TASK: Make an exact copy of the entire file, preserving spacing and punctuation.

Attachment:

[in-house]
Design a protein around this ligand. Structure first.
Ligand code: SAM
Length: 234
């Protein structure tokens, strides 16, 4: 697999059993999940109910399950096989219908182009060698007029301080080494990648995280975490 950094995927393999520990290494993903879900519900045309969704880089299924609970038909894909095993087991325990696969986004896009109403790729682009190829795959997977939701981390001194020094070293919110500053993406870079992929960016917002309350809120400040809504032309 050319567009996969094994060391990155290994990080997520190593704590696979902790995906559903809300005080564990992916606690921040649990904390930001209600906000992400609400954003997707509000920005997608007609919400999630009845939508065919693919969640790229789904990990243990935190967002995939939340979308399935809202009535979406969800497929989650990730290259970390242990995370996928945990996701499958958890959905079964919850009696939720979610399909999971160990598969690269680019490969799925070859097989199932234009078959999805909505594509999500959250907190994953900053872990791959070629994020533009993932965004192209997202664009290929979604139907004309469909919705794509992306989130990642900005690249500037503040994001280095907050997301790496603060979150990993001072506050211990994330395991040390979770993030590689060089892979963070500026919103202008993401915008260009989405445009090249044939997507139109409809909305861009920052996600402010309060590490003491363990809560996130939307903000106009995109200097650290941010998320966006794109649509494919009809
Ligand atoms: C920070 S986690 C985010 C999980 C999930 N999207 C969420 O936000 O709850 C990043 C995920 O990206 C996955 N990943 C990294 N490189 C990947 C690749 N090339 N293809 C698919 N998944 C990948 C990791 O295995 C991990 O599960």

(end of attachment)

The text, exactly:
[in-house]
Design a protein around this ligand. Structure first.
Ligand code: SAM
Length: 234
């Protein structure tokens, strides 16, 4: 697999059993999940109910399950096989219908182009060698007029301080080494990648995280975490 950094995927393999520990290494993903879900519900045309969704880089299924609970038909894909095993087991325990696969986004896009109403790729682009190829795959997977939701981390001194020094070293919110500053993406870079992929960016917002309350809120400040809504032309 050319567009996969094994060391990155290994990080997520190593704590696979902790995906559903809300005080564990992916606690921040649990904390930001209600906000992400609400954003997707509000920005997608007609919400999630009845939508065919693919969640790229789904990990243990935190967002995939939340979308399935809202009535979406969800497929989650990730290259970390242990995370996928945990996701499958958890959905079964919850009696939720979610399909999971160990598969690269680019490969799925070859097989199932234009078959999805909505594509999500959250907190994953900053872990791959070629994020533009993932965004192209997202664009290929979604139907004309469909919705794509992306989130990642900005690249500037503040994001280095907050997301790496603060979150990993001072506050211990994330395991040390979770993030590689060089892979963070500026919103202008993401915008260009989405445009090249044939997507139109409809909305861009920052996600402010309060590490003491363990809560996130939307903000106009995109200097650290941010998320966006794109649509494919009809
Ligand atoms: C920070 S986690 C985010 C999980 C999930 N999207 C969420 O936000 O709850 C990043 C995920 O990206 C996955 N990943 C990294 N490189 C990947 C690749 N090339 N293809 C698919 N998944 C990948 C990791 O295995 C991990 O599960």